A casual conversation where we ask you, the experts, about your business and the problem you are trying to solve. This is more of a continuous conversation throughout the Discovery period and not just a single meeting.
Heuristic is a fancy word for a rule or expectation. As the web has evolved, people have come to expect certain things to behave in certain ways and we check your website to make sure your website meets these now standardized expectations. Does a button look and act like a button? Do all of your buttons look the same? (hint: they should) This exercise focuses on the small things that help a customer understand how to use and navigate your website.
A sitemap is just like a map of a city. It shows us how all of your pages are connected to each other. We look it over to make sure that all of the interconnecting roads make sense. We don’t want anyone to get lost while browsing your site.
Visual impairments. Physical impairments. There is a lot that can deter a user from accessing your website. We’ll make sure that text is big enough and dark enough to read, that your website can be read by a screen reader, and that alternate navigation methods can be used (i.e. a keyboard). This gives everyone access to your website and increases your customer base.
We’ll create a visualization of the journey your users take when they access your website and discuss it. Do we notice any hangups? Is there a step that could be skipped or improved upon? Is there a better method entirely? Once we understand the journey, we can design around that journey.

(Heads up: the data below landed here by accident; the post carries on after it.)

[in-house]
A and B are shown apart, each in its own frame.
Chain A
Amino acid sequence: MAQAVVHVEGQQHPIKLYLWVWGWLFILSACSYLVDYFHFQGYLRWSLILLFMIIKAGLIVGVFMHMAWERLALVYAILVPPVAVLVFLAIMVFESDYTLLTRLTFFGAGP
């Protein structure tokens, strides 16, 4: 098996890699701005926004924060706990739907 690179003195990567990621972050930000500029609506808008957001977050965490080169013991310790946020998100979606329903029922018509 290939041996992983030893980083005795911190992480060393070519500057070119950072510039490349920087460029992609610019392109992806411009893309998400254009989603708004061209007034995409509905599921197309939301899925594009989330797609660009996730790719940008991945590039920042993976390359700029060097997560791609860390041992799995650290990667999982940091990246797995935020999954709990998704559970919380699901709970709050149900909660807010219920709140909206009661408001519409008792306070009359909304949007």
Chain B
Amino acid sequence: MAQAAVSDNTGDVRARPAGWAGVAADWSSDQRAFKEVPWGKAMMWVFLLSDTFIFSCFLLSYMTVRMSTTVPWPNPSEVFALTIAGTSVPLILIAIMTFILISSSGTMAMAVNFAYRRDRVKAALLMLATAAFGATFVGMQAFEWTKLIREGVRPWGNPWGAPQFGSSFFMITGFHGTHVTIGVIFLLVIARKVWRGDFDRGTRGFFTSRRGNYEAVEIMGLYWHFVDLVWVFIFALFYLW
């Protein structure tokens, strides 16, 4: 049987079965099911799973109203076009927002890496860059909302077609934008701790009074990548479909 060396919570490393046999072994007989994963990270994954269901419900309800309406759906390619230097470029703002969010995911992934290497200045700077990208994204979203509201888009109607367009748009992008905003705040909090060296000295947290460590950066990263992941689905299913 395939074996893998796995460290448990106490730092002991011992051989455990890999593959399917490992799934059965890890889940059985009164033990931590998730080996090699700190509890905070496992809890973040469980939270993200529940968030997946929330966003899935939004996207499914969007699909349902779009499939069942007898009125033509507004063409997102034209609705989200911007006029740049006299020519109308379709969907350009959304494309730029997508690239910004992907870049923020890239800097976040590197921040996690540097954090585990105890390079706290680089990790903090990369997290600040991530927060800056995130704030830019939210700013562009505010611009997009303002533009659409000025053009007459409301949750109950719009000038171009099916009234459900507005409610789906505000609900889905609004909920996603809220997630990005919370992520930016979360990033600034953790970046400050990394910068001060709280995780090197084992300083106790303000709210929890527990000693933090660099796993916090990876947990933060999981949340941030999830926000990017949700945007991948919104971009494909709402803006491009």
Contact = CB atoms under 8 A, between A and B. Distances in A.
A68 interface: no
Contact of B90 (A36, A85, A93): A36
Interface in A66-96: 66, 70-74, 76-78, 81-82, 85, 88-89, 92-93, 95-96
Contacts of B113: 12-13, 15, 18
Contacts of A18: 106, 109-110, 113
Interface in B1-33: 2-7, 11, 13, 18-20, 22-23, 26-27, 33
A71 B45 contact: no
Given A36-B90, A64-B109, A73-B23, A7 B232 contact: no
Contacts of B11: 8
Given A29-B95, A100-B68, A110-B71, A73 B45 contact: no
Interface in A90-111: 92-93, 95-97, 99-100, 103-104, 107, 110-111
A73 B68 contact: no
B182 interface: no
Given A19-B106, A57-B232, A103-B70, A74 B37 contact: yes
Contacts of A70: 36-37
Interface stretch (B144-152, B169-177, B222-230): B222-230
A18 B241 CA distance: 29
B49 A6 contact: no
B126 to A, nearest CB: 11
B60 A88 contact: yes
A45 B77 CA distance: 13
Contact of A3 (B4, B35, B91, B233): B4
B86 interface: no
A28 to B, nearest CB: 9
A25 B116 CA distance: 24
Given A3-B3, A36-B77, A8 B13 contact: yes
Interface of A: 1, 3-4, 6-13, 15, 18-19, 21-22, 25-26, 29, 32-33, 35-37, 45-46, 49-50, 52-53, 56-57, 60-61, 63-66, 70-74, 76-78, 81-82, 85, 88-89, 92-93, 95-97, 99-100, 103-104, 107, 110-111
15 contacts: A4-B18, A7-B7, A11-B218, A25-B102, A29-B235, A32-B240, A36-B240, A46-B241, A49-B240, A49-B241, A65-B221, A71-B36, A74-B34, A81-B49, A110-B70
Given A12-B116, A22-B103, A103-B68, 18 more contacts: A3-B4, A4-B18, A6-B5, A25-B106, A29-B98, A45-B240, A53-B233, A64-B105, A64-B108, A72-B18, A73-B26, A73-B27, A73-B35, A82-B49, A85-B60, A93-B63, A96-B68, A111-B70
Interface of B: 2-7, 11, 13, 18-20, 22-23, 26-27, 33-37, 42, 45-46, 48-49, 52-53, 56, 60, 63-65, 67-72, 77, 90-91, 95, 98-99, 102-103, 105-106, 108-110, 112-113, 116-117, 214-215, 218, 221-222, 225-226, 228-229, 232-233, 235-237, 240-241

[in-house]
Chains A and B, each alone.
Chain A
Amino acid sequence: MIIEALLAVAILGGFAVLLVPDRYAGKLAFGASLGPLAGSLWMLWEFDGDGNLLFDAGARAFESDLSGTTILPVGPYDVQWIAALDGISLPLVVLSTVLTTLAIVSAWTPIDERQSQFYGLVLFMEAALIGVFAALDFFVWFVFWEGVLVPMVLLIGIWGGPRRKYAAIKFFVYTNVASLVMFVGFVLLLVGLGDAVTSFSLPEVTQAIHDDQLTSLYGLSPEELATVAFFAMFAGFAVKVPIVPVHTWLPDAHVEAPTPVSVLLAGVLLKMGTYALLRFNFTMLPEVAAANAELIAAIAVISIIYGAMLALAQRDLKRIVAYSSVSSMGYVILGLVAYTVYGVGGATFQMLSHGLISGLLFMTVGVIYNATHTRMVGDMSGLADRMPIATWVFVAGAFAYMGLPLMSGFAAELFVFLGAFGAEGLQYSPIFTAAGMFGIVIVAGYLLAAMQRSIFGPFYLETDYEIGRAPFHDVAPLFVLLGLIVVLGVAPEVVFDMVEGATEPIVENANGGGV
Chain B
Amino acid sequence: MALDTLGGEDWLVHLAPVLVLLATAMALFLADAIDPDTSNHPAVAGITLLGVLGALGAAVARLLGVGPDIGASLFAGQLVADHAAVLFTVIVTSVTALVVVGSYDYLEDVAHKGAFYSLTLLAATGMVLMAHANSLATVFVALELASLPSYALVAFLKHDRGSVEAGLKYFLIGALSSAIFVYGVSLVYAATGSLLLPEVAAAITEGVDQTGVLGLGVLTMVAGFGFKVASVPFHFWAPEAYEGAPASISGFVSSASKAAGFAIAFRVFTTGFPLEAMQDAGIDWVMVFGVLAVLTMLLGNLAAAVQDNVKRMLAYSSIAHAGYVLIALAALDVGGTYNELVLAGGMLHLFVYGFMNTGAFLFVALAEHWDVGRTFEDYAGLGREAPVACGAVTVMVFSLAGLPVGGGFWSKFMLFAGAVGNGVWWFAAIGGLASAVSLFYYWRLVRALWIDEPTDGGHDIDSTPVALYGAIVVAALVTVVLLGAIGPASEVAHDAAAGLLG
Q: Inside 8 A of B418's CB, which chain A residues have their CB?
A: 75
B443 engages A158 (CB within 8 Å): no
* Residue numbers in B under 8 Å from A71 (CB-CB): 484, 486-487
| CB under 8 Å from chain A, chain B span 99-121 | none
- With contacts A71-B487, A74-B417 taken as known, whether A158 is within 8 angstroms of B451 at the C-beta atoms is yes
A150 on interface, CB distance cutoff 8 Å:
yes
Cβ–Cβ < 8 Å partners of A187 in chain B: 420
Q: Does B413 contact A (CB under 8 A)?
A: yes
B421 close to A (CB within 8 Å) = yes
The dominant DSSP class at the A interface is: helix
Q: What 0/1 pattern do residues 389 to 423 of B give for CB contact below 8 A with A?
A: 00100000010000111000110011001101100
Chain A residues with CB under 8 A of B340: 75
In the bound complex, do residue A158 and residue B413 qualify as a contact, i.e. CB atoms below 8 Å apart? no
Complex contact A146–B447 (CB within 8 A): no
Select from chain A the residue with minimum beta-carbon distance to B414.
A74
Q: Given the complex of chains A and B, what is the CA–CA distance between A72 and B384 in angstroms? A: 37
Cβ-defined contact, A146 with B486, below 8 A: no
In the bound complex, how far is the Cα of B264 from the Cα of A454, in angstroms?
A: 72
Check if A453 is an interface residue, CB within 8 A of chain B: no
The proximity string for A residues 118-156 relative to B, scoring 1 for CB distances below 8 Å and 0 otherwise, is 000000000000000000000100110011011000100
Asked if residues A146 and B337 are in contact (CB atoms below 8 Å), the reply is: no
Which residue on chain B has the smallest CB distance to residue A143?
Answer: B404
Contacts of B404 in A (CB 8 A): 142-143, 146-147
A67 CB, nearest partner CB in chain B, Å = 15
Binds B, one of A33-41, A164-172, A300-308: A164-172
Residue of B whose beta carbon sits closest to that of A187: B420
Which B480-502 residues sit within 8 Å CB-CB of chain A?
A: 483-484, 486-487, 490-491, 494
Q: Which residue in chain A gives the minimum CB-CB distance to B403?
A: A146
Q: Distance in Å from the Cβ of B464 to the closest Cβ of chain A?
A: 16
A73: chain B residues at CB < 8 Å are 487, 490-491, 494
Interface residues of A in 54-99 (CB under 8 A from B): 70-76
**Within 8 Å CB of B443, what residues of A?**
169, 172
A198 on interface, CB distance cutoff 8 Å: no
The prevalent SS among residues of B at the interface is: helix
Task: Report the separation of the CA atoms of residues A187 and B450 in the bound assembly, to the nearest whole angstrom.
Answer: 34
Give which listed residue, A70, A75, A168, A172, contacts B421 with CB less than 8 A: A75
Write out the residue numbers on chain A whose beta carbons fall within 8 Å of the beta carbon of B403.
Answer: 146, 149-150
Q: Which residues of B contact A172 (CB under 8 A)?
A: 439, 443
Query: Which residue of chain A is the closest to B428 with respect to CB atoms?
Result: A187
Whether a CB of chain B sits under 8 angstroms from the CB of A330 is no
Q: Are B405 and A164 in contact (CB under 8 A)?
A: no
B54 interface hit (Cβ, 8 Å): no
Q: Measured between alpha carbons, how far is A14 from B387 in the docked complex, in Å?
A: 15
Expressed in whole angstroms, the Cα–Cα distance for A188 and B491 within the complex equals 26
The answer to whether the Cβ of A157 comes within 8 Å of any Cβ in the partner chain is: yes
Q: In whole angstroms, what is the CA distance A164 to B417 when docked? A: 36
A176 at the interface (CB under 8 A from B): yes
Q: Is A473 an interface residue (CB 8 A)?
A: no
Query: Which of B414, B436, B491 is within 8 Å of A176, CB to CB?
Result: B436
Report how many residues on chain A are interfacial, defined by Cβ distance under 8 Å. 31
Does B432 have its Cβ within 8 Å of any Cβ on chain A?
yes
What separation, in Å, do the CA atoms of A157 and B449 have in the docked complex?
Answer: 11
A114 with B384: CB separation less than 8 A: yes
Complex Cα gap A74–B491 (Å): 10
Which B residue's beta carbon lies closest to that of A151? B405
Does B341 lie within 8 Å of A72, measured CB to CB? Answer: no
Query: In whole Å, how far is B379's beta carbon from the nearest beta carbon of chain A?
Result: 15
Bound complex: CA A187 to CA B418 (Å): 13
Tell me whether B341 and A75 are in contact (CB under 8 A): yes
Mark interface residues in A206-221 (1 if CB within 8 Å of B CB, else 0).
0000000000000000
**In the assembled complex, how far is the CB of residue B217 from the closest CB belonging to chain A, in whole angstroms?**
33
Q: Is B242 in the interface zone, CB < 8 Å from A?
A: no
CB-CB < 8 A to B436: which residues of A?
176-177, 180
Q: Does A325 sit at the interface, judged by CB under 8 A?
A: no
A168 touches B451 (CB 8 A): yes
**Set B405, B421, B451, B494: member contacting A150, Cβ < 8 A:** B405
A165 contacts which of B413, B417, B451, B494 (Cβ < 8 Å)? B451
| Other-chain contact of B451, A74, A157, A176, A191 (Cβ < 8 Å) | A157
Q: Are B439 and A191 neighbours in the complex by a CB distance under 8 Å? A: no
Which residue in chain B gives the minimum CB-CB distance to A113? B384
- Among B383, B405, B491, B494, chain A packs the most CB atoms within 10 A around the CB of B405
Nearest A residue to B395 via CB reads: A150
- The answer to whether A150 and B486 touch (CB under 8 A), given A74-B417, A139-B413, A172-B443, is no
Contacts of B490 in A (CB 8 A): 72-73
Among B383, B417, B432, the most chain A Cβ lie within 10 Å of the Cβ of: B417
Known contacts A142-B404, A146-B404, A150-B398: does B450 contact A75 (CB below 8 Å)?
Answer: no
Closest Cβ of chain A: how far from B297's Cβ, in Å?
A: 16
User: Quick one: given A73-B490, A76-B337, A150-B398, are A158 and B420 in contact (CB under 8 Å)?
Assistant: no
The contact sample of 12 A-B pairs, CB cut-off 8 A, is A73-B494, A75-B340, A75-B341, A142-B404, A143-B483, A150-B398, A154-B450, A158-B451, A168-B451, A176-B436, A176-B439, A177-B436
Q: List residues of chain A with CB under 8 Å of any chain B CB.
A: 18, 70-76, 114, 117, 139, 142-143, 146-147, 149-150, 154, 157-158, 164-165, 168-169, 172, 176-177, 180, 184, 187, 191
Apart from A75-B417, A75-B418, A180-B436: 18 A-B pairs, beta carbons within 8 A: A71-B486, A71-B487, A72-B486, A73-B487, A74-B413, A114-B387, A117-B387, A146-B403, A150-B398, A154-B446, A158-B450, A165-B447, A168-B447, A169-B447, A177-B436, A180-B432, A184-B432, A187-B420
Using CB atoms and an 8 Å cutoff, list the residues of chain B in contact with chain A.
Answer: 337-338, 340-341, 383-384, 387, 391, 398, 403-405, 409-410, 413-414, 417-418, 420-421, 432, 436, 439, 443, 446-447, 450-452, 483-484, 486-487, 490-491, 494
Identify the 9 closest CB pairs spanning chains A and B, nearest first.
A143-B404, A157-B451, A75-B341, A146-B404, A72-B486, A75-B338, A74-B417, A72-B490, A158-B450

If available, page views and navigational patterns can tell us a lot about how users are actually using the site through the number of interactions. We comb through the data and create a hypothesis for how we can best serve your customers' needs using this data.
If available, this type of data shows us where customers spend their time on specific pages and/or the types of information that they gravitate towards. This can help us figure out if placement or design needs to change so the customer can find what they need.
User testing can be used to uncover problems in current designs, customer journeys, and navigation. It can also help validate a new design before spending the time developing it which cuts down on end costs. User testing is one of the most effective ways to diagnose a problem, and one of the best ways to find a solution to that problem.
While a project discovery phase is a small, up-front investment, the cost and timeline associated with the larger project are some of the most important details to establish. If you have a budgetary constraint, our teams will work to prescribe a few approaches to fit within that budget. If there’s a deadline set in stone, we may define iterations of the project so the most important features are included at launch. Anything secondary, we can ensure we approach shortly after. Overall, failing to plan is planning for failure.